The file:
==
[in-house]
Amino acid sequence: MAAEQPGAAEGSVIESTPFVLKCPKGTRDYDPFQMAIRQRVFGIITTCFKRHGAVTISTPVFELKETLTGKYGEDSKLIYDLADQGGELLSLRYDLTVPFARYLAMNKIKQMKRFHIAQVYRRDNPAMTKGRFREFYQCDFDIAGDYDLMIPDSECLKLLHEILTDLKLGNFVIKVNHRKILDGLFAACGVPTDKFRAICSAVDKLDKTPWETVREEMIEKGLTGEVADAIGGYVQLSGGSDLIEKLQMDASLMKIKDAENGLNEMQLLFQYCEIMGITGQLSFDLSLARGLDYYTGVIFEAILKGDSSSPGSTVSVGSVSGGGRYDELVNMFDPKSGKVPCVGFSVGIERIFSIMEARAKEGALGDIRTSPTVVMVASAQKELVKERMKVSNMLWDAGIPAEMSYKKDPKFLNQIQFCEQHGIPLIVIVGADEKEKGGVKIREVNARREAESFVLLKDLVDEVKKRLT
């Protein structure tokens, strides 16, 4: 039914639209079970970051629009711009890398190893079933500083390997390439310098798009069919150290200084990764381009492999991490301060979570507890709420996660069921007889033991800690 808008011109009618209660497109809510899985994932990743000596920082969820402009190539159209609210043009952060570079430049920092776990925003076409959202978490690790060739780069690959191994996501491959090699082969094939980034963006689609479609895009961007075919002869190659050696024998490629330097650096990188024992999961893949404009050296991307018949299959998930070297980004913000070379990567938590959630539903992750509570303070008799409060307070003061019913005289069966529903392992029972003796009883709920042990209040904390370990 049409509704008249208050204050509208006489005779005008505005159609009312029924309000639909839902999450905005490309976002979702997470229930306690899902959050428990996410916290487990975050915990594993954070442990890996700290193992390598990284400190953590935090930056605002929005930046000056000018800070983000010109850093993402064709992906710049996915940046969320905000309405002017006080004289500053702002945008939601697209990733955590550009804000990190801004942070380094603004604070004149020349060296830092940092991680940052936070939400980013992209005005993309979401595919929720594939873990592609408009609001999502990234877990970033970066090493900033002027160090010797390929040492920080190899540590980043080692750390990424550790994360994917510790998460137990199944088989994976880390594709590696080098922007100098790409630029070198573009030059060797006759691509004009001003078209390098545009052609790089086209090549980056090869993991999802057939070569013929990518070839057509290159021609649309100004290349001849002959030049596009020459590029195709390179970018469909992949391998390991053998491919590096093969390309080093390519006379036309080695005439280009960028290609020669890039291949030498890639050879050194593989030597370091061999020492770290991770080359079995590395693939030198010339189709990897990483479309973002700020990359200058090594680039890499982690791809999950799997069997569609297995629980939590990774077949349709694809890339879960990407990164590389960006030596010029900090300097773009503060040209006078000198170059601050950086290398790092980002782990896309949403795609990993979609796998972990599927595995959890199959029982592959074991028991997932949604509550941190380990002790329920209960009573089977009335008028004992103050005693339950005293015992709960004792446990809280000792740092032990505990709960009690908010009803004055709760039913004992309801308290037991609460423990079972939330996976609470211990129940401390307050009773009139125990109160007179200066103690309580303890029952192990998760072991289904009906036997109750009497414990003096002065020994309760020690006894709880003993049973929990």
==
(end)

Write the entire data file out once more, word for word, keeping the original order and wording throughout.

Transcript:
[in-house]
Amino acid sequence: MAAEQPGAAEGSVIESTPFVLKCPKGTRDYDPFQMAIRQRVFGIITTCFKRHGAVTISTPVFELKETLTGKYGEDSKLIYDLADQGGELLSLRYDLTVPFARYLAMNKIKQMKRFHIAQVYRRDNPAMTKGRFREFYQCDFDIAGDYDLMIPDSECLKLLHEILTDLKLGNFVIKVNHRKILDGLFAACGVPTDKFRAICSAVDKLDKTPWETVREEMIEKGLTGEVADAIGGYVQLSGGSDLIEKLQMDASLMKIKDAENGLNEMQLLFQYCEIMGITGQLSFDLSLARGLDYYTGVIFEAILKGDSSSPGSTVSVGSVSGGGRYDELVNMFDPKSGKVPCVGFSVGIERIFSIMEARAKEGALGDIRTSPTVVMVASAQKELVKERMKVSNMLWDAGIPAEMSYKKDPKFLNQIQFCEQHGIPLIVIVGADEKEKGGVKIREVNARREAESFVLLKDLVDEVKKRLT
């Protein structure tokens, strides 16, 4: 039914639209079970970051629009711009890398190893079933500083390997390439310098798009069919150290200084990764381009492999991490301060979570507890709420996660069921007889033991800690 808008011109009618209660497109809510899985994932990743000596920082969820402009190539159209609210043009952060570079430049920092776990925003076409959202978490690790060739780069690959191994996501491959090699082969094939980034963006689609479609895009961007075919002869190659050696024998490629330097650096990188024992999961893949404009050296991307018949299959998930070297980004913000070379990567938590959630539903992750509570303070008799409060307070003061019913005289069966529903392992029972003796009883709920042990209040904390370990 049409509704008249208050204050509208006489005779005008505005159609009312029924309000639909839902999450905005490309976002979702997470229930306690899902959050428990996410916290487990975050915990594993954070442990890996700290193992390598990284400190953590935090930056605002929005930046000056000018800070983000010109850093993402064709992906710049996915940046969320905000309405002017006080004289500053702002945008939601697209990733955590550009804000990190801004942070380094603004604070004149020349060296830092940092991680940052936070939400980013992209005005993309979401595919929720594939873990592609408009609001999502990234877990970033970066090493900033002027160090010797390929040492920080190899540590980043080692750390990424550790994360994917510790998460137990199944088989994976880390594709590696080098922007100098790409630029070198573009030059060797006759691509004009001003078209390098545009052609790089086209090549980056090869993991999802057939070569013929990518070839057509290159021609649309100004290349001849002959030049596009020459590029195709390179970018469909992949391998390991053998491919590096093969390309080093390519006379036309080695005439280009960028290609020669890039291949030498890639050879050194593989030597370091061999020492770290991770080359079995590395693939030198010339189709990897990483479309973002700020990359200058090594680039890499982690791809999950799997069997569609297995629980939590990774077949349709694809890339879960990407990164590389960006030596010029900090300097773009503060040209006078000198170059601050950086290398790092980002782990896309949403795609990993979609796998972990599927595995959890199959029982592959074991028991997932949604509550941190380990002790329920209960009573089977009335008028004992103050005693339950005293015992709960004792446990809280000792740092032990505990709960009690908010009803004055709760039913004992309801308290037991609460423990079972939330996976609470211990129940401390307050009773009139125990109160007179200066103690309580303890029952192990998760072991289904009906036997109750009497414990003096002065020994309760020690006894709880003993049973929990």